Former Northern Ireland Police Chief Hugh Orde and Deputy Prime Minister Nick Clegg have rejected calls to routinely arm police following the killing of two women officers.
Mr Clegg said the move would carry "considerable risks" and could damage relations between police and the communities they serve.
The president of the Association of Chief Police Officers, Sir Hugh Orde, also spoke out against any potential change, saying guns "don't necessarily solve the problem".
But the widower of murdered police constable Sharon Beshenivsky said officers should carry firearms so they were prepared for any situation they found themselves in.
Greater Manchester Police Pcs Nicola Hughes, 23, and Fiona Bone, 32, died in a gun and grenade attack after they were called to investigate what appeared to be a routine burglary report.
Mr Clegg said their deaths were a "heartbreaking reminder" of the "courage, the bravery and professionalism that police officers show up and down the country every day of every week of every month of every year".
But he told reporters in central London: "I don't think this is the time to rush to instant judgments, this really is a time for mourning and support, of course, for the family and friends of the two women who have been killed.
"We have a long tradition in this country, which is a great tradition, of policing in the community, of the police being part of the public and the public supporting and giving their consent to the police.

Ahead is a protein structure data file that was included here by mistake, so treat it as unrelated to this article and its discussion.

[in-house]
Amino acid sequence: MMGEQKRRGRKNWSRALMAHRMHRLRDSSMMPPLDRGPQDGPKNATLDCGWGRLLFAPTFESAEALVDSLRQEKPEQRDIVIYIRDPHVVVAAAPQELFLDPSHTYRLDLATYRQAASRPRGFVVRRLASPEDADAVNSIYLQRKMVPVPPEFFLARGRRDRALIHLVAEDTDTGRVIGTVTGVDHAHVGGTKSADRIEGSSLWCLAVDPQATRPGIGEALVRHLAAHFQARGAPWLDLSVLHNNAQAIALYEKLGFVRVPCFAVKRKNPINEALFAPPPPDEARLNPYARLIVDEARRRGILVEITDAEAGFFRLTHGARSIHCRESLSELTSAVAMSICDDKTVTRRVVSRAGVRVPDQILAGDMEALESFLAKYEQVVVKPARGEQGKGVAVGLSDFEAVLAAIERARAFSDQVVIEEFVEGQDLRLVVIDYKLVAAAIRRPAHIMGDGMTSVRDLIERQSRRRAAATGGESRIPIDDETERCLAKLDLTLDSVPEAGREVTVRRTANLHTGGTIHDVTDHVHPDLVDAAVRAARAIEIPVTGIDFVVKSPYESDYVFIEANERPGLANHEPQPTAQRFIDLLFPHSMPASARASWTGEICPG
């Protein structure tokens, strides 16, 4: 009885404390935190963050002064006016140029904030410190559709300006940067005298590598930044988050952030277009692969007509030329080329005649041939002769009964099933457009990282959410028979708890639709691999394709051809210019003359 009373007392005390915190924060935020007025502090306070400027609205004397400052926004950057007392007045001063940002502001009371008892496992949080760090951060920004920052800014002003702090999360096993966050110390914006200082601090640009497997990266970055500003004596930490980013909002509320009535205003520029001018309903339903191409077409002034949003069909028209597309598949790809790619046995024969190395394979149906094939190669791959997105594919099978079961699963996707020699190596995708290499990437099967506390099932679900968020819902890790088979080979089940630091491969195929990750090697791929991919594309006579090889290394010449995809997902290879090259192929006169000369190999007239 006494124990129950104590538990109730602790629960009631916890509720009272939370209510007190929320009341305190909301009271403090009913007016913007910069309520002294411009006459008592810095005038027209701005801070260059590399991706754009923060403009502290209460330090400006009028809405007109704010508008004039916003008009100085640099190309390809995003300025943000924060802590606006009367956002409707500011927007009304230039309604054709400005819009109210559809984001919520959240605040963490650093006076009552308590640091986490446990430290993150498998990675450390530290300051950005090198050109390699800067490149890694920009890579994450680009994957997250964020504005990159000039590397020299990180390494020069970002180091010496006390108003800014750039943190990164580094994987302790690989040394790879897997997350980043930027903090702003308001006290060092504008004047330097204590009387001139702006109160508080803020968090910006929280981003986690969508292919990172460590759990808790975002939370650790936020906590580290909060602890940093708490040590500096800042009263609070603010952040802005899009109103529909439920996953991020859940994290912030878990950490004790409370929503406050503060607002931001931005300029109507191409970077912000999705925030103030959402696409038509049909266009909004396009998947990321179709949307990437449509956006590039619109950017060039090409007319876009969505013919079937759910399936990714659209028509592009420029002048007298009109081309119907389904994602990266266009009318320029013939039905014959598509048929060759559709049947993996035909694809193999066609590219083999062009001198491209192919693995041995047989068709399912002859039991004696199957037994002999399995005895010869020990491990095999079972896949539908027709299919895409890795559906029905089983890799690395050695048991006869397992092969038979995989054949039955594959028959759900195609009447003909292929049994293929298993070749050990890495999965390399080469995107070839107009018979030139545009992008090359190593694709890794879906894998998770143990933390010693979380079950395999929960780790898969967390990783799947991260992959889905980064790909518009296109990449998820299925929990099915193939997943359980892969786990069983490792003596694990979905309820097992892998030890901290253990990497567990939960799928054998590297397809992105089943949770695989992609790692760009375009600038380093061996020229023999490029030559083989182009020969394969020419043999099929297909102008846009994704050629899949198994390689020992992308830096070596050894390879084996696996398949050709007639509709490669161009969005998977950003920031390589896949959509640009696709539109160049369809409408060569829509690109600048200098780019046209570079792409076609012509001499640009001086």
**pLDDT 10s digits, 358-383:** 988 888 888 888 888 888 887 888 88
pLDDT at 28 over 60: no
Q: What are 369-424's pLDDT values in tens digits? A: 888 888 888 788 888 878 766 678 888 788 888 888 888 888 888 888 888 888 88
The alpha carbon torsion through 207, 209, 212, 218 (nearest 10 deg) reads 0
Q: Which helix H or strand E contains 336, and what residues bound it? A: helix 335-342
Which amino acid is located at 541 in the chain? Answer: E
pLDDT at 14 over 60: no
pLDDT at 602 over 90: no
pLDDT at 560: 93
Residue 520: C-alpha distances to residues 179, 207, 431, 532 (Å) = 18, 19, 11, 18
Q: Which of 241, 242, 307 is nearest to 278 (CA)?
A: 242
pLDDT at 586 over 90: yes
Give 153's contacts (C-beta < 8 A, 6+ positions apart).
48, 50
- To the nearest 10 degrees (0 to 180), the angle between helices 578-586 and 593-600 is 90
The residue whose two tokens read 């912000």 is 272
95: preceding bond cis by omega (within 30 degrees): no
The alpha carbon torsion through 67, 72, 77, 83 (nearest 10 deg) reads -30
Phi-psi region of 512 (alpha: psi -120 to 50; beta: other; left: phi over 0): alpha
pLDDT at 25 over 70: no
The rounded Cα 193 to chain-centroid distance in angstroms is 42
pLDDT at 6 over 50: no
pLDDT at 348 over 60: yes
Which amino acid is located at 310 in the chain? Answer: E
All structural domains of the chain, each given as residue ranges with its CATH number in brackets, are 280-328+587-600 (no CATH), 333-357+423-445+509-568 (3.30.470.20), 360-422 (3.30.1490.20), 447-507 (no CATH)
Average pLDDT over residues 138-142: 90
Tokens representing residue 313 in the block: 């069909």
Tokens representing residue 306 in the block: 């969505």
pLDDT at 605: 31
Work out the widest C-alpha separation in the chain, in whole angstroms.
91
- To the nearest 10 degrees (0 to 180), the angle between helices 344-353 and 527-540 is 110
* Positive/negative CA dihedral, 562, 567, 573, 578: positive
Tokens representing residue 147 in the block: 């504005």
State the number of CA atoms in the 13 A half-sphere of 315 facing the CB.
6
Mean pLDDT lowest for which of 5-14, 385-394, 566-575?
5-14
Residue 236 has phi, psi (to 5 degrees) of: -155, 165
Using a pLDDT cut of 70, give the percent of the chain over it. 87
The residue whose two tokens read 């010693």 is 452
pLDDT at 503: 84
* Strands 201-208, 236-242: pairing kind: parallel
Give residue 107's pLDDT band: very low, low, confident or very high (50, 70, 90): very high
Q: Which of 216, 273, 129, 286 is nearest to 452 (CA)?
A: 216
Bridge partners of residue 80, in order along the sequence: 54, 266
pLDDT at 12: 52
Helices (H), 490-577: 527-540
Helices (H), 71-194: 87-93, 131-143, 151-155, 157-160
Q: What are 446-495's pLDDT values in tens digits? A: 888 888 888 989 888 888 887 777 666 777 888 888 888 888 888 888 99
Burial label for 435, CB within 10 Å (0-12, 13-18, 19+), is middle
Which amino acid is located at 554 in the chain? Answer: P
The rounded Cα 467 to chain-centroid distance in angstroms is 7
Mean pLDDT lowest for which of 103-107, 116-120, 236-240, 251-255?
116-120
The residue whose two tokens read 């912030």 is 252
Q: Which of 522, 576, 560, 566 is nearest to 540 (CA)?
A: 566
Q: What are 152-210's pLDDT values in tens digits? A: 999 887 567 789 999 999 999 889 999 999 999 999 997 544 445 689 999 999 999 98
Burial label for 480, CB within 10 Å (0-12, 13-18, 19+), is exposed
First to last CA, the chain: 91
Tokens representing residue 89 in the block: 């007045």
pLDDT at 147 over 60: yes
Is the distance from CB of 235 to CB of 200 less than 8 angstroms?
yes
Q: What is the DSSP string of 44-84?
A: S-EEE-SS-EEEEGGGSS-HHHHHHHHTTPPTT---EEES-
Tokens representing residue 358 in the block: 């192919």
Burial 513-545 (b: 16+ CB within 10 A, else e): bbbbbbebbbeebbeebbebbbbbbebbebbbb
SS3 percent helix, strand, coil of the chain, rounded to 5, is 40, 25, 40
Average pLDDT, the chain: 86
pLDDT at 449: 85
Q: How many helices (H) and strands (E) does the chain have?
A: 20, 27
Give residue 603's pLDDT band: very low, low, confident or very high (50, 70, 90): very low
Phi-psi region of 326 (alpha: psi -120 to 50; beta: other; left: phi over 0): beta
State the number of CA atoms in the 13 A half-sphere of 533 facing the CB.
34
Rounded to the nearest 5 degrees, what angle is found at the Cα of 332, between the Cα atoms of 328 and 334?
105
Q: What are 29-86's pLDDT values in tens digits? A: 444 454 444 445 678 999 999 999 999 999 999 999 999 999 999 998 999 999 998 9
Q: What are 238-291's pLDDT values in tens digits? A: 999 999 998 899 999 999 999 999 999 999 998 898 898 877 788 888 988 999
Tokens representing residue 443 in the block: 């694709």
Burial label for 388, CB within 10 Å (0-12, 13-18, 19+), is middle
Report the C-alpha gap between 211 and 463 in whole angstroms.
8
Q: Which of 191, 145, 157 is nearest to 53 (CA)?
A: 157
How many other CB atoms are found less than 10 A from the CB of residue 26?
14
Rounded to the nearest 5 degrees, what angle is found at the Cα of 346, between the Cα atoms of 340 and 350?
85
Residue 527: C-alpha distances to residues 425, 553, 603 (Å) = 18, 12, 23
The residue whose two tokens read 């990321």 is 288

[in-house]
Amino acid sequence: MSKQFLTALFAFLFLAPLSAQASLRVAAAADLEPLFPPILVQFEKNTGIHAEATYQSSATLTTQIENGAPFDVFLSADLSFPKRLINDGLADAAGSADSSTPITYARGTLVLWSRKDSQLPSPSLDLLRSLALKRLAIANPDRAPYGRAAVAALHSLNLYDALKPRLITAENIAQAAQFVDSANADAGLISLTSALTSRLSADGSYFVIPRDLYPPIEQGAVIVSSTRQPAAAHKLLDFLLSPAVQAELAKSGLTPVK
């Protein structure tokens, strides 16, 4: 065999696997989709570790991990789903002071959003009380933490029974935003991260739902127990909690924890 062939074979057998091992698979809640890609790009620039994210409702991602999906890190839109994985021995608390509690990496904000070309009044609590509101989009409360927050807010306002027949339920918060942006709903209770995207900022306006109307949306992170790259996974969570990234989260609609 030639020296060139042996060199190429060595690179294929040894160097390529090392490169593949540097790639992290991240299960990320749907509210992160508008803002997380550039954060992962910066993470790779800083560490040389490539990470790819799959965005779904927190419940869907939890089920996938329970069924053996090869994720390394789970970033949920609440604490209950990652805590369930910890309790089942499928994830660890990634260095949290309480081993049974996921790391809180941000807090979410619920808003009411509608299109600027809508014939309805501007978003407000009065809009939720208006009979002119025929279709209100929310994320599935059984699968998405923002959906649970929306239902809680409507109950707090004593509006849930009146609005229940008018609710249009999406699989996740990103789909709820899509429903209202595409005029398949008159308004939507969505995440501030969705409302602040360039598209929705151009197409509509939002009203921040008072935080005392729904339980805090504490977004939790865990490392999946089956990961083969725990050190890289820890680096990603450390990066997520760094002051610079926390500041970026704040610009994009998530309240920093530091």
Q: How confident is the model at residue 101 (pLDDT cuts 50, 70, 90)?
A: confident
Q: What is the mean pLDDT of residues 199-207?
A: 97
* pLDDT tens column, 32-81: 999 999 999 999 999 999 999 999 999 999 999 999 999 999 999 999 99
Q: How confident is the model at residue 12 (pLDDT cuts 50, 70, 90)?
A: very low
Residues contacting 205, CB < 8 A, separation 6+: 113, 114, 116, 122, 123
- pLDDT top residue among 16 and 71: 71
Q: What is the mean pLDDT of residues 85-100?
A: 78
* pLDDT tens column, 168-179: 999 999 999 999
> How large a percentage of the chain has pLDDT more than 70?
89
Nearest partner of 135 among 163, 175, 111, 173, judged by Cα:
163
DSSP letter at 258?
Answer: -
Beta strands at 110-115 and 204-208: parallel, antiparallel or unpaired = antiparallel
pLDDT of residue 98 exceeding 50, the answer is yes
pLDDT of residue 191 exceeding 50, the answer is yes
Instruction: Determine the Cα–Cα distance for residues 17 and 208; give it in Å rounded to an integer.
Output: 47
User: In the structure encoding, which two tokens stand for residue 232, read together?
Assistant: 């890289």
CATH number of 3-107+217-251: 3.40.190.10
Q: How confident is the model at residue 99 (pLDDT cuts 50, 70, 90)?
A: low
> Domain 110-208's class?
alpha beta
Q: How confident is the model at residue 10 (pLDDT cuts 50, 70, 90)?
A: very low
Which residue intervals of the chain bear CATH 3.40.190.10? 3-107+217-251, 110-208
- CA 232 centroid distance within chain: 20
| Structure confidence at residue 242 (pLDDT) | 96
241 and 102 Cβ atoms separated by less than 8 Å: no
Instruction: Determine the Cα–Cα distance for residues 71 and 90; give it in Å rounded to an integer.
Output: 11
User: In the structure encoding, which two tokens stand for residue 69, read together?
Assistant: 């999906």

"I think if we were, in an instant, to, in a sense, arm our police to the teeth so they become separate from the public, that would be quite a big change which would have considerable risks attached to it.
"I think it is the kind of thing that you need to look at very carefully and certainly not, even though I know emotions are running high, in an instant way after this terrible, terrible tragedy."
Sir Hugh told BBC Radio 4's Today programme it was the "clear view of the British police service from top to bottom" that officers prefer to be unarmed because the public dislike approaching constables bearing weapons.
He added: "Guns don't necessarily solve the problem. You only have to look at the American experience.
"Many colleagues in America are lost without even drawing their gun at close ranges."
But Paul Beshenivsky, whose wife was shot dead in Bradford during an armed robbery in 2005, told ITV News: "I think policing, as regarding going to scenes of crimes, should be monitored better, and I think police, in honesty, should be armed, walking into situations that they're not totally aware of.
"You can't have armed response at every situation, but I think, as an officer being armed, walk into a situation, feeling more comfortable, walking into that situation, thinking, 'I could respond to that situation'."